## The N-Queens Problem & Backtracking

Suppose you are trying to accomplish a task where you must make several choices. Some collections of these choices will result in a failed task, while other collections result in an accomplished task.

If one simply searches through all possible collections of choices looking for which ones are successful (i.e., the "brute force" method), the number of possibilities one needs to examine often grows exponentially with the size of the problem!

As an example of this, consider the N-queens problem:

Place N queens on an N x N chessboard so that no two queens attack each other --
that is to say, no two queens share the same row, column, or diagonal. In a $4 \times 4$ board, we have to choose positions for 4 identical queens from $16$ different possible squares. This can be done in $${}_{16}C_{4} = \frac{16 \cdot 15 \cdot 14 \cdot 12}{4 \cdot 3 \cdot 2 \cdot 1} = 1820 \textrm{ ways}$$

However, for an $8 \times 8$ board, we have to choose positions for $8$ identical queens from $64$ different squares, which can be done in ${}_{64}C_{8} = 178462987637760 \textrm{ ways}$!

We can tighten this up quite dramatically by enforcing one queen in each row through the use of $8$ nested loops as shown below:

for (int i=0; i < 8; i++) {
for (int j=0; j < 8; j++) {
for (int k=0; k < 8; k++) {
for (int l=0; l < 8; l++) {
.
.
for (int p=0; p < 8; p++) {
//check validity of (i,j,k,l,…,p);
}
.
.
}
}
}
}


Using such nested loops, we would only have to look at $4^4=256$ configurations for a $4 \times 4$ board and $8^8$ configurations for a $8 \times 8=16777216$ board -- but this is still far, far too many!

We need a better way...

One such better way is through the use of a backtracking algorithm. In a backtracking algorithm, one incrementally builds candidates to the solution(s) and abandons partial candidates (backtracks) as soon as it is determined they cannot possibly be valid solutions.

For the N-Queens problem, one way we can do this is given by the following:

1. For each row, place a queen in the first valid position (column), and then move to the next row
2. If there is no valid position, then one backtracks to the previous row and try the next position
3. If one can successfully place a queen in the last row, then a solution is found. Now backtrack to find the next solution

## Using a Stack for Backtracking in the N-Queens Problem

Recall that each queen must be on a different row in the N-Queens problem. Given this, we shall attempt to put queens on the board one row at a time starting with row 0.

We can use a stack to indicate the positions of the queens. Importantly, notice that we only have to put the column positions of the queens on the stack. We can determine each queen's coordinates given only the stack. We simply combine the position of an element in the stack (the row) with the value of that element (the column) for each queen. Two examples of this are shown below:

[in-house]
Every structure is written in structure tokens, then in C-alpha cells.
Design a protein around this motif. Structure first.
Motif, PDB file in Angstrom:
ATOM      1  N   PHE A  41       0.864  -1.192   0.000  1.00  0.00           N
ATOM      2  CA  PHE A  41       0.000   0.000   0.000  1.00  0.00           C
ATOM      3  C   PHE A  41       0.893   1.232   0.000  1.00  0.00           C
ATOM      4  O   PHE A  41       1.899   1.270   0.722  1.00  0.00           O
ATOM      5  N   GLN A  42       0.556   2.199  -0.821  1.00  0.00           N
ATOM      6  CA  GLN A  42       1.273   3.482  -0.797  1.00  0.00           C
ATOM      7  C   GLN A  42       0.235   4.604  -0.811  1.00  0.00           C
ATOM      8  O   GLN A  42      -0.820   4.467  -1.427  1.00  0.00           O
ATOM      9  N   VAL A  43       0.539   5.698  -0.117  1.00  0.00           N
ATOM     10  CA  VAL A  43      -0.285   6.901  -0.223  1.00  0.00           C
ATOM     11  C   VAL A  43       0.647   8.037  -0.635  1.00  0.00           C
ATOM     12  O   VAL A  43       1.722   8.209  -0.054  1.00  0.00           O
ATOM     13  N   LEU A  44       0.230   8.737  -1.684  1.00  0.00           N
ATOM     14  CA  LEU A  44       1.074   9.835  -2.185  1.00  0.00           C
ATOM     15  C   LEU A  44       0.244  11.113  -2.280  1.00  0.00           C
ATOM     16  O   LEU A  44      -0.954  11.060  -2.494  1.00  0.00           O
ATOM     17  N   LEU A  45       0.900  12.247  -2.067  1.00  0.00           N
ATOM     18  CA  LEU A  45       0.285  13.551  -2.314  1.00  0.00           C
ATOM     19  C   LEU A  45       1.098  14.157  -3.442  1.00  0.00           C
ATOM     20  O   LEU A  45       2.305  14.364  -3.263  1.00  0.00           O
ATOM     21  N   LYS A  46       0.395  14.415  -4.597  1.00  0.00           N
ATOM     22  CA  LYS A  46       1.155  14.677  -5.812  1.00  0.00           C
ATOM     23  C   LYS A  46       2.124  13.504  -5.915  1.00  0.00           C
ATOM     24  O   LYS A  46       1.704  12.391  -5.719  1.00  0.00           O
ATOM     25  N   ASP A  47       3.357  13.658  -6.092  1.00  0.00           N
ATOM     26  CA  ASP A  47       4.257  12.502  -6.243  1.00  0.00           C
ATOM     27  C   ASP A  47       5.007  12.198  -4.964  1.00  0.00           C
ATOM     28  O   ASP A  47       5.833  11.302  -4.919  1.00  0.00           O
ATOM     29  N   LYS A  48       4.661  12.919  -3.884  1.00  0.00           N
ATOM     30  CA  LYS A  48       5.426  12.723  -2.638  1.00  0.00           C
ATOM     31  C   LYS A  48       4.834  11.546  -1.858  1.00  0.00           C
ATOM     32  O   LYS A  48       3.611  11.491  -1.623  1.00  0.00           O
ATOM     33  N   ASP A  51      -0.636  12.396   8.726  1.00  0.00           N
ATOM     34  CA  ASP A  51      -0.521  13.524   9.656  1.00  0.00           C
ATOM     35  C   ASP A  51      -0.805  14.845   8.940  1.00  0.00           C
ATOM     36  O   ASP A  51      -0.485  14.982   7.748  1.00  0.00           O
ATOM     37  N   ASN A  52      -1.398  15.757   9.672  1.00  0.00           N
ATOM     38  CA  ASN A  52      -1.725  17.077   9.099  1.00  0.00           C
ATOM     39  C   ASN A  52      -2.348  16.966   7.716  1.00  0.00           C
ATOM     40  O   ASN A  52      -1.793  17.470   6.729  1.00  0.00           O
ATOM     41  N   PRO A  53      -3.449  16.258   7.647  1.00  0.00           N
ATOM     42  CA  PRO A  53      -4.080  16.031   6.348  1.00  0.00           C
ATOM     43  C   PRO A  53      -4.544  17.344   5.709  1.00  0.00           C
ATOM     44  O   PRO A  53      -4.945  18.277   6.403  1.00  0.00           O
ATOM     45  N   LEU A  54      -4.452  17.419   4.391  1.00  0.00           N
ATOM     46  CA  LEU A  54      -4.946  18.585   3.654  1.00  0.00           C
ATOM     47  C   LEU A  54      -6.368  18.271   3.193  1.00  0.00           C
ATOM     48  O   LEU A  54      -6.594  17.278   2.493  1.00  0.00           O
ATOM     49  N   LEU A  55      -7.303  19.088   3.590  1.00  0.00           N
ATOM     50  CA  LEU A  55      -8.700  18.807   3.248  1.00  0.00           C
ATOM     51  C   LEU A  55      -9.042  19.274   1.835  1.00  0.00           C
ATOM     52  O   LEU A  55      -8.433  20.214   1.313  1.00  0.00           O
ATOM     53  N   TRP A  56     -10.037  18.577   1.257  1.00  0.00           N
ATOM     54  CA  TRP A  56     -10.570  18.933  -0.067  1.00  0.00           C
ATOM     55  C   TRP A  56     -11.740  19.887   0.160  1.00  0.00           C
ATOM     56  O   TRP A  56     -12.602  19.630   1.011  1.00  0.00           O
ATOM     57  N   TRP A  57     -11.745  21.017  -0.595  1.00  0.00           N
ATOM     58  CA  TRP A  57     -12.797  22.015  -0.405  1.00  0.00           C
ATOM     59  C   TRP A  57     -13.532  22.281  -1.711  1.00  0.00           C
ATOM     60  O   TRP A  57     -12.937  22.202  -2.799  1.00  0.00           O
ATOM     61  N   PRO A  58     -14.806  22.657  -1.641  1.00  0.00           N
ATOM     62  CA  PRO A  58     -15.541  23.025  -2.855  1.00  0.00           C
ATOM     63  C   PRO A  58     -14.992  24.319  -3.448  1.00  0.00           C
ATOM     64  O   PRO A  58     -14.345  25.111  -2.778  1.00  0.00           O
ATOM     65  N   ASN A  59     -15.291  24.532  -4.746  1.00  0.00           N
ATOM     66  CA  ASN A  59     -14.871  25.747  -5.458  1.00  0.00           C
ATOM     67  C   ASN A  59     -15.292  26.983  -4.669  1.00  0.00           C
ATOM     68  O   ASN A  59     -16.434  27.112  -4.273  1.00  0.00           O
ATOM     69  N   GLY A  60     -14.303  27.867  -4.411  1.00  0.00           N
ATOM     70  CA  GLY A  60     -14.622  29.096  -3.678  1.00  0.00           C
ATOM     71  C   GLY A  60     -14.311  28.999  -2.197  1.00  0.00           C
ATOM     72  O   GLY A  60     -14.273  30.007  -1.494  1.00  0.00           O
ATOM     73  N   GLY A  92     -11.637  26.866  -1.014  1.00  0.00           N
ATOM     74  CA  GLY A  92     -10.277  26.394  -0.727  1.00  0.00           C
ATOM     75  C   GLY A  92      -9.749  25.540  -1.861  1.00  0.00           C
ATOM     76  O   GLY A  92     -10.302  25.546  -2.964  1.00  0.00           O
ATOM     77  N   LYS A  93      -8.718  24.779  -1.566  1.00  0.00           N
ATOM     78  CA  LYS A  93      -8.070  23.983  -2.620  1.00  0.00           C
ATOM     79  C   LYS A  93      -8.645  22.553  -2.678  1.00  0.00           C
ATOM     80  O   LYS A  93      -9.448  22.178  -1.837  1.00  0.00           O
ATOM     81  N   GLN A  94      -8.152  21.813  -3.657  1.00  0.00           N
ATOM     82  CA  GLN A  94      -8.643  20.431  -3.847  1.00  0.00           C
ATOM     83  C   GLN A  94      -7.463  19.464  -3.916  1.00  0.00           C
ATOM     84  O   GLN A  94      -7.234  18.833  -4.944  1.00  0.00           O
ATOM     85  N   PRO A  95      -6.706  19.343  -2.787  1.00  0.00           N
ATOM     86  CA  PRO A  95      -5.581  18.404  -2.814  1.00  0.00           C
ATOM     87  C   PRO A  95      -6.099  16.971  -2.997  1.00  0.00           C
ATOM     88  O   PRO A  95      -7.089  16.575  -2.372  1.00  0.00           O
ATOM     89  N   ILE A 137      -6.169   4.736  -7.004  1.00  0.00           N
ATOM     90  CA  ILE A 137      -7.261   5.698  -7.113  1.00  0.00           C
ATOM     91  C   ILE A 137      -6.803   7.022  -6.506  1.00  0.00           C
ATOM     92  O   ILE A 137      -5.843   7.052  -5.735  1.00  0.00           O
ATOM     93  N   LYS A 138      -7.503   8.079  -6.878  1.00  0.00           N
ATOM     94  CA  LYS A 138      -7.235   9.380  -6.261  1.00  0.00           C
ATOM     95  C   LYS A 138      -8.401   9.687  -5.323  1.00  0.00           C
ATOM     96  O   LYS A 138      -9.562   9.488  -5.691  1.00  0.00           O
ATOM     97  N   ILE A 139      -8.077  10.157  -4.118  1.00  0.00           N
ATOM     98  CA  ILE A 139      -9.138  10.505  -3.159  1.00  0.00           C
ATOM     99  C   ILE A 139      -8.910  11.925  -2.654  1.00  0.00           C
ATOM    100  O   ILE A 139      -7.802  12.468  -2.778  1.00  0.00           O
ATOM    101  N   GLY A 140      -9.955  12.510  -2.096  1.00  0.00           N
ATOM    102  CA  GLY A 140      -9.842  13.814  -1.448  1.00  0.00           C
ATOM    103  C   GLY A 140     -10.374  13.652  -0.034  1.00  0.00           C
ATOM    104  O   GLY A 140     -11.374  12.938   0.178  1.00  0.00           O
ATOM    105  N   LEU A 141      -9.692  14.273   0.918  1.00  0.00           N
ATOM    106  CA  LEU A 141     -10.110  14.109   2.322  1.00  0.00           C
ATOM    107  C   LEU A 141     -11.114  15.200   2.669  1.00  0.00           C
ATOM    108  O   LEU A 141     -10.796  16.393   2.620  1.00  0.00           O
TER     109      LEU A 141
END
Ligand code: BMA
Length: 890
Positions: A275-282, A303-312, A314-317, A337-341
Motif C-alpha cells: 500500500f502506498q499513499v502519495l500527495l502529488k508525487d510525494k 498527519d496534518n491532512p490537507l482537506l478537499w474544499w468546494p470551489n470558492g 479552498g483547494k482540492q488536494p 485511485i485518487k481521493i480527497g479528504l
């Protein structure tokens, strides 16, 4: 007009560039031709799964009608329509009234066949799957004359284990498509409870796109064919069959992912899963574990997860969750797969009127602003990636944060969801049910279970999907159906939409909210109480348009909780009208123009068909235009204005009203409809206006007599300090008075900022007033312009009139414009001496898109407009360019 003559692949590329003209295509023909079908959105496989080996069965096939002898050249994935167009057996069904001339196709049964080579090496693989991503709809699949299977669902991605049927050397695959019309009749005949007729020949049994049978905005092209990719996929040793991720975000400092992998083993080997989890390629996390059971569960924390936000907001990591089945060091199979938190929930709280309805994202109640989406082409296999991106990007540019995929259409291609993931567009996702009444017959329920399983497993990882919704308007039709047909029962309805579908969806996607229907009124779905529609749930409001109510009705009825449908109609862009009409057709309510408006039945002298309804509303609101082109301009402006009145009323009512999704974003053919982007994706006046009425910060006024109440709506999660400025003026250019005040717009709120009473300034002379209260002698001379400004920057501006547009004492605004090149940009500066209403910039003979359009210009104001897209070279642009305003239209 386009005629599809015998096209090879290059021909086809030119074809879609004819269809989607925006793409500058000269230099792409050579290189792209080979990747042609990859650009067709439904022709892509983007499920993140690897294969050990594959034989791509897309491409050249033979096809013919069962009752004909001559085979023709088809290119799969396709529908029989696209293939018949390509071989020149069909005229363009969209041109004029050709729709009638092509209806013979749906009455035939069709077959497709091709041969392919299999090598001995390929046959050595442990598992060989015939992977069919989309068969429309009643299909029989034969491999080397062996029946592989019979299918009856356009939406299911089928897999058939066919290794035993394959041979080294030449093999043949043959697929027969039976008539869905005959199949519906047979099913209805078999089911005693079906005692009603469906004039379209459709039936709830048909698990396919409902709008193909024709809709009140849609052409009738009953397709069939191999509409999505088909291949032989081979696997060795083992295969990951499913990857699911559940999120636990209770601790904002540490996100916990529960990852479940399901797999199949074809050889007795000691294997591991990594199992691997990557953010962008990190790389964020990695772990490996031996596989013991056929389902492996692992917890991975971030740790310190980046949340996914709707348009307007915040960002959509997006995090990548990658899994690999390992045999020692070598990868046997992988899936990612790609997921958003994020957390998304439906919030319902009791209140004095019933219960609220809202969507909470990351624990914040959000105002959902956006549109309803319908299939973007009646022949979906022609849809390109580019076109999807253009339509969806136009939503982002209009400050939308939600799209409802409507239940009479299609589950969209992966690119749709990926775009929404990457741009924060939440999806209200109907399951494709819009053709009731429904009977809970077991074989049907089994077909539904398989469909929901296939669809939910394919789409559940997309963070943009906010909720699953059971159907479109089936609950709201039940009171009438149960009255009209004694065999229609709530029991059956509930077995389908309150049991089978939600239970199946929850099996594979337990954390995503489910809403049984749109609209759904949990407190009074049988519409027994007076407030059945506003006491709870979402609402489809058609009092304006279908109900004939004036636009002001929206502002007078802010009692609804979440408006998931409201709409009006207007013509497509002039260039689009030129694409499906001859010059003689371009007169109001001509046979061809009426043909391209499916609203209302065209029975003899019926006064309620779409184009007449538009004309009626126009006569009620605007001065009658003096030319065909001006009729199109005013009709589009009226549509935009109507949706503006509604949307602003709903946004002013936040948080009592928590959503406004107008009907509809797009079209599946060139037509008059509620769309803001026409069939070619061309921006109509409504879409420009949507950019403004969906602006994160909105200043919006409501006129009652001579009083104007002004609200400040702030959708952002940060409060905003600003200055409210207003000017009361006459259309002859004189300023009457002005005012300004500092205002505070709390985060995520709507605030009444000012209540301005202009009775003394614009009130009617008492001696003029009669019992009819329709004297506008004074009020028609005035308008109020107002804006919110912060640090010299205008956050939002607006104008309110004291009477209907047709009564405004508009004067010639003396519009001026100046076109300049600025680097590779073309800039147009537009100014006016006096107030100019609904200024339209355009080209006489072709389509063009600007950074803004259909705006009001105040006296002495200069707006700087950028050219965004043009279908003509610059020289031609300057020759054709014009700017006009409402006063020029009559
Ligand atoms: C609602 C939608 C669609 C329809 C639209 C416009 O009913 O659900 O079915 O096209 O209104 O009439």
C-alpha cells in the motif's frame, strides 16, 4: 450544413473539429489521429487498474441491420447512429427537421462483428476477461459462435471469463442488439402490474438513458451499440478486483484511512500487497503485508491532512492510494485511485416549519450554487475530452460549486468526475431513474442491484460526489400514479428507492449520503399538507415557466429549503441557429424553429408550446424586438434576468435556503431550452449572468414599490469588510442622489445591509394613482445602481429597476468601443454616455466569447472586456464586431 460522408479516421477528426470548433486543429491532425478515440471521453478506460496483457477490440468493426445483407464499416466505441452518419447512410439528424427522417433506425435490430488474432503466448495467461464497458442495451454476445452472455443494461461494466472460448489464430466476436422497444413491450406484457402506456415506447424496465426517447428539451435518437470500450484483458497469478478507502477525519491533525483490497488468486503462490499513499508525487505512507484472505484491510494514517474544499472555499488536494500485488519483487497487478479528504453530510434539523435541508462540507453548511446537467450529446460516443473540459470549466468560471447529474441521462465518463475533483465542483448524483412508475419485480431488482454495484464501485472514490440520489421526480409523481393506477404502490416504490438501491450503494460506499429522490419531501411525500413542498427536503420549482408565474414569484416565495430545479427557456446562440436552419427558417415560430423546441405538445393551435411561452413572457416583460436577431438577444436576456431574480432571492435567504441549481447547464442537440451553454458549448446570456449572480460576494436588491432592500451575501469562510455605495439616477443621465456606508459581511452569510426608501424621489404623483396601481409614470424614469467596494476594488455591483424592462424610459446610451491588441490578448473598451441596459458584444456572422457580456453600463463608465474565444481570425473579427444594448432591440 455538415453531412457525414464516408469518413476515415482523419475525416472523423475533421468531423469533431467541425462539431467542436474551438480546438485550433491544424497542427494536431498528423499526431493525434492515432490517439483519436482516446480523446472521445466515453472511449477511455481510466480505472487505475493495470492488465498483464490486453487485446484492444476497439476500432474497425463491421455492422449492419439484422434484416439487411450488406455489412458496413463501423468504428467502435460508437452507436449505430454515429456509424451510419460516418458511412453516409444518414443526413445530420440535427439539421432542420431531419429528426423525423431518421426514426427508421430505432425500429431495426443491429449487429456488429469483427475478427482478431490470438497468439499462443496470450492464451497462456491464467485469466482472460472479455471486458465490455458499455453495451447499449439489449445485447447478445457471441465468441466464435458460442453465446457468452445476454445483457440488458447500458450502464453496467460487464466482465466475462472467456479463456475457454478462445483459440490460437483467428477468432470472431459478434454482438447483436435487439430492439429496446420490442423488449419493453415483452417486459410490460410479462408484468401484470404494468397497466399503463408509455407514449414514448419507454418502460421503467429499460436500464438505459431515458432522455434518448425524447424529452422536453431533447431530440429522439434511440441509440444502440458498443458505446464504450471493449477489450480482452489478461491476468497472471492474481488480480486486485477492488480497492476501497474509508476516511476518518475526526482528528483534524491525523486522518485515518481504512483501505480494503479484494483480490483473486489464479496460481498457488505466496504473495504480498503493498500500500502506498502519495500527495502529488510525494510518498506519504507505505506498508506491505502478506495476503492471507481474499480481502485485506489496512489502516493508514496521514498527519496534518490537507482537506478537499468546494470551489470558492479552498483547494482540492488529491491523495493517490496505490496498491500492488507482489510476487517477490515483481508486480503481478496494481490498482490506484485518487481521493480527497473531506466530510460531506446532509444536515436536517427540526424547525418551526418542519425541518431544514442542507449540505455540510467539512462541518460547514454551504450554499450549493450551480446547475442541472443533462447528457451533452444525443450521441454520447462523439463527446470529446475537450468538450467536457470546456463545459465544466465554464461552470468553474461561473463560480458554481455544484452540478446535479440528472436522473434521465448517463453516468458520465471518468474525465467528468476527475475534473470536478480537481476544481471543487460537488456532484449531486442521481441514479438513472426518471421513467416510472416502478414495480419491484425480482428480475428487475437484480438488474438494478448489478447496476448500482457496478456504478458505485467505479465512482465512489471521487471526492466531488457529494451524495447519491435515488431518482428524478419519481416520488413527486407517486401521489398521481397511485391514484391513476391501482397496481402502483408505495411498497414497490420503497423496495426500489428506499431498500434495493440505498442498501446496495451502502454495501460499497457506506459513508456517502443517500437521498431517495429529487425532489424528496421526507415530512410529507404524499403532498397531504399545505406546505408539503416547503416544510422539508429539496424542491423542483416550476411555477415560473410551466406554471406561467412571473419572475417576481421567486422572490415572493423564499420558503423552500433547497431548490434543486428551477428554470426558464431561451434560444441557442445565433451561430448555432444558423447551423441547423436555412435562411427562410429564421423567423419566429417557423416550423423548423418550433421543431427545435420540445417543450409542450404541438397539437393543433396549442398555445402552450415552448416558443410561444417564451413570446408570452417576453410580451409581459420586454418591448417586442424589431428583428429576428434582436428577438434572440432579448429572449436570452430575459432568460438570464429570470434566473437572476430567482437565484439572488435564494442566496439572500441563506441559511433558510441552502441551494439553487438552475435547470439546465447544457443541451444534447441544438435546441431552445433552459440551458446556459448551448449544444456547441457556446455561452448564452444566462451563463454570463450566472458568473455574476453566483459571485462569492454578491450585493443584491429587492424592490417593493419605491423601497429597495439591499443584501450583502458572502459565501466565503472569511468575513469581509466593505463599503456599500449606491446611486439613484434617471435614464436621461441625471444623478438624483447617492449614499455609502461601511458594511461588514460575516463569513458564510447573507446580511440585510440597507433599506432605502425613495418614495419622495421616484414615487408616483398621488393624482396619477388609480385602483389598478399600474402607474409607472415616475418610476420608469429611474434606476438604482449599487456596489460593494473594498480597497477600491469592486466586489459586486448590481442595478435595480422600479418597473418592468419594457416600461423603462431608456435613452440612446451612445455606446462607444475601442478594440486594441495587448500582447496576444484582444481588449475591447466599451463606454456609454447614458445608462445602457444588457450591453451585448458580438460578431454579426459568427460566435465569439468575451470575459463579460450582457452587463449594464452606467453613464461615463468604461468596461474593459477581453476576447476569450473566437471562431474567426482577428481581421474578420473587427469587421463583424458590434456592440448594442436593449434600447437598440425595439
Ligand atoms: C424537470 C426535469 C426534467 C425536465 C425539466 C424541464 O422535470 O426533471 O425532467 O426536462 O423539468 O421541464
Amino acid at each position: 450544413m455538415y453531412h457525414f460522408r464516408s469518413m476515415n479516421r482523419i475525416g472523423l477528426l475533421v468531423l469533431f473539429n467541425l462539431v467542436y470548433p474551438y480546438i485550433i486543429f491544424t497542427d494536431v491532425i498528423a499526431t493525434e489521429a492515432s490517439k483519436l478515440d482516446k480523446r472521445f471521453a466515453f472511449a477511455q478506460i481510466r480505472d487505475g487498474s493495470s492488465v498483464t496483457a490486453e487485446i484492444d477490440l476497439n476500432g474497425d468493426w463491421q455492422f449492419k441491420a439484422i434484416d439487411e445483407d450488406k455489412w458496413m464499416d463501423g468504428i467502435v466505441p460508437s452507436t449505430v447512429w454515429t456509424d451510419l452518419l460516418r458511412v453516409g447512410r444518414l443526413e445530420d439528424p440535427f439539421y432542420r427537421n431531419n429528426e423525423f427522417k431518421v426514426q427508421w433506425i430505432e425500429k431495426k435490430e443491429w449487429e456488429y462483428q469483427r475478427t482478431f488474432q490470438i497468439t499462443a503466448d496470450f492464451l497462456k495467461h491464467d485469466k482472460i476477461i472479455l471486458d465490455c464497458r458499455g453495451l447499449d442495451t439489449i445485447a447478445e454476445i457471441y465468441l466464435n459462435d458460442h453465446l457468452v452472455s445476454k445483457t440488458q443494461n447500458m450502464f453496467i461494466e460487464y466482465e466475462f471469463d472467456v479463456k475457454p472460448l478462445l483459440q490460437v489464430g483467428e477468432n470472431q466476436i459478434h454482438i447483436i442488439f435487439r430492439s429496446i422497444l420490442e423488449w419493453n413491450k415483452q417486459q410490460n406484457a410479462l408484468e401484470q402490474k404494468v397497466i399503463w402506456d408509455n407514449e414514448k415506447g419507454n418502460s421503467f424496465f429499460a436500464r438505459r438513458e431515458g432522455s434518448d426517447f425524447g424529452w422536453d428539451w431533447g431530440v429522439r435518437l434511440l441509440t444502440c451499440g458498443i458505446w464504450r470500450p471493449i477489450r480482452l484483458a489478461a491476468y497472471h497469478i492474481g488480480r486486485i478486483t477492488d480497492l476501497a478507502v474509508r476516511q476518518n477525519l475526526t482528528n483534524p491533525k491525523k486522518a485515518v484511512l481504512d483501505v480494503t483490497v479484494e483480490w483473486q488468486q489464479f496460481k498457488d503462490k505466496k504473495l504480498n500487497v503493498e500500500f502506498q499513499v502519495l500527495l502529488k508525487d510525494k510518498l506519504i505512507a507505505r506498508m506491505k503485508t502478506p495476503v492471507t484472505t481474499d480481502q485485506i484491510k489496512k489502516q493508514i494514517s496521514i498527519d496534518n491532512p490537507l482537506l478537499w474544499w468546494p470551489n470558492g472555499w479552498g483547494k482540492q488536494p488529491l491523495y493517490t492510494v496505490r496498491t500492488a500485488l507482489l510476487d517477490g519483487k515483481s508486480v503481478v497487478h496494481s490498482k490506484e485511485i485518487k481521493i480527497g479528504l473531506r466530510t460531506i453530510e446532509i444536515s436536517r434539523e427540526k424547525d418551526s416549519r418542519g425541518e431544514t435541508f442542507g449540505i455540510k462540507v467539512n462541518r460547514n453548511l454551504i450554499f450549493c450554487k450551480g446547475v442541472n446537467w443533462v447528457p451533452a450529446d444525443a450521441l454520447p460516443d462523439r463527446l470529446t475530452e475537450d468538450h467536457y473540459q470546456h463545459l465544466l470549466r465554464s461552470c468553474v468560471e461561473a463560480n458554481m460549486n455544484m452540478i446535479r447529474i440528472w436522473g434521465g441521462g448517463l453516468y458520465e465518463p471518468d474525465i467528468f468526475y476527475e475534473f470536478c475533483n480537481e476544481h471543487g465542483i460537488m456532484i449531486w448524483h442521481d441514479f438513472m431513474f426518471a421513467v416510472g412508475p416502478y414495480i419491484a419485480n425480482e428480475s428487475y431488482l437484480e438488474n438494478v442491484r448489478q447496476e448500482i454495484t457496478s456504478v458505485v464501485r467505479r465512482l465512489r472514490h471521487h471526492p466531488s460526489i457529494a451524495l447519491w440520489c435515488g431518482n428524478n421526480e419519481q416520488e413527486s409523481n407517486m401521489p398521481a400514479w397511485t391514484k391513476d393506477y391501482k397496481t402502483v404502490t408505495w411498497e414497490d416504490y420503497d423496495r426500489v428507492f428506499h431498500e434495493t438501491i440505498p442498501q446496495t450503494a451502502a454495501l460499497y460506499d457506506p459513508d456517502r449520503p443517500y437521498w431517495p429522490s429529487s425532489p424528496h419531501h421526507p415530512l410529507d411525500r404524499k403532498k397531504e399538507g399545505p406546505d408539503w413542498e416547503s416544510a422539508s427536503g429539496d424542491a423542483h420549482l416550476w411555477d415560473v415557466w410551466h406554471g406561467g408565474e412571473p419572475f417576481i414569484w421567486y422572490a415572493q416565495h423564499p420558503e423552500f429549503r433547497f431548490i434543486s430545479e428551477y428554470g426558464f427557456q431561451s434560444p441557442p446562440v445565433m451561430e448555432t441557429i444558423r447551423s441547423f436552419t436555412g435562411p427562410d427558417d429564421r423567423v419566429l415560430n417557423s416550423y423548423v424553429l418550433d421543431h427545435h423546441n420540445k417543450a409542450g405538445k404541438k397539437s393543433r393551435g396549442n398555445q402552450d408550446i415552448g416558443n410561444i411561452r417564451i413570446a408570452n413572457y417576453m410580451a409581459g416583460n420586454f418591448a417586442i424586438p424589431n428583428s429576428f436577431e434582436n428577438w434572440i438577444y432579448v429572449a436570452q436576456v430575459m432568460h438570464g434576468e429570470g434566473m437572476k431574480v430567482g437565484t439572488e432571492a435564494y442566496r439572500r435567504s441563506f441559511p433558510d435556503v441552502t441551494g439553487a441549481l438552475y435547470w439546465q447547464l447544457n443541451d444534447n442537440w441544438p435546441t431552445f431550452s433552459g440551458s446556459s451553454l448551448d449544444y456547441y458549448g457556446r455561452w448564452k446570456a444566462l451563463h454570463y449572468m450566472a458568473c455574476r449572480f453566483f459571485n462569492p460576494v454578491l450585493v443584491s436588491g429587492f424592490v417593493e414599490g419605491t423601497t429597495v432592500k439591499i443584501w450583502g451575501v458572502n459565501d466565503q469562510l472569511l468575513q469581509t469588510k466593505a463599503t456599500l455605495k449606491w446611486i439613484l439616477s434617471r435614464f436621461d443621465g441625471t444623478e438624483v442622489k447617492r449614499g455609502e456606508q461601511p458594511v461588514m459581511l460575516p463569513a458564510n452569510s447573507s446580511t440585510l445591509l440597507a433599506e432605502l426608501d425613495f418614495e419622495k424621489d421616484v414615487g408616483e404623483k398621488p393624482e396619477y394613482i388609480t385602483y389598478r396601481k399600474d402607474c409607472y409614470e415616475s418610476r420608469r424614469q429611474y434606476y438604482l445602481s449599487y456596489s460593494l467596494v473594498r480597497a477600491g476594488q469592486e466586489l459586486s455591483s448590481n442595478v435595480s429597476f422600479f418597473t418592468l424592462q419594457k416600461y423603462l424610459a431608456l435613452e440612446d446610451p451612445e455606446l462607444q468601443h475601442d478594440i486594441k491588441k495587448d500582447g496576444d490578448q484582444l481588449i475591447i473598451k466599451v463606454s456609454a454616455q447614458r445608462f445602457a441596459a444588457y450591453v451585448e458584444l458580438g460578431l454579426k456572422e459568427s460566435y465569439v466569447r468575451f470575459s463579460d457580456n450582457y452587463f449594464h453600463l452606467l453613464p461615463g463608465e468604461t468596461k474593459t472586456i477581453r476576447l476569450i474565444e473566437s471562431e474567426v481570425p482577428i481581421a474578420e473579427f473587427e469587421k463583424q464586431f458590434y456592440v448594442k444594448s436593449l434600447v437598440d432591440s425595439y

* * * *                           |    * * Q *     2           (3,2)
* Q * *      1        (2,1)       |    Q * * *     0           (2,0)
* * * Q      3        (1,3)       |    * * * Q     3           (1,3)
Q * * *      0        (0,0)       |    * Q * *     1           (0,1)
stack      queen       |              stack         queen
coordinates    |                         coordinates


Starting with a queen in the first row, first column (represented by a stack containing just "$0$"), we search left to right for a valid position to place another queen in the next available row.

• If we find a valid position in this row, we push this position (i.e., the column number) to the stack and start again on the next row

• If we don't find a valid position in this row, we backtrack to the previous row -- that is to say, we pop the col position for the previous row from the stack and search for a valid position further down the row

Note, when the stack size gets to $n$, we will have placed $n$ queens on the board, and therefore have a solution.

Of course, there is nothing that requires there be only one solution. To find the rest, every time a solution is found, we can pretend it is not a solution, backtrack to the previous row, and proceed to find the next solution.

Ultimately, every position in the first row will be considered. When there are not more valid positions in the first row and we need to backtrack, that's our cue that there are no more solutions to be found. Thus, we may stop searching when we try to pop from the stack, but can't as it is empty.

Putting all this into pseudo-code form, we have the following algorithm...

Create empty stack and set current position to 0

Repeat {

loop from current position to the last position until valid position found //current row

if there is a valid position {
push the position to stack, set current position to 0 // move to next row
}

if there is no valid position {
if stack is empty, break // stop search
else pop stack, set current position to next position // backtrack to previous row
}

if stack has size N { // a solution is found
pop stack, set current position to next position // backtrack to find next solution
}

}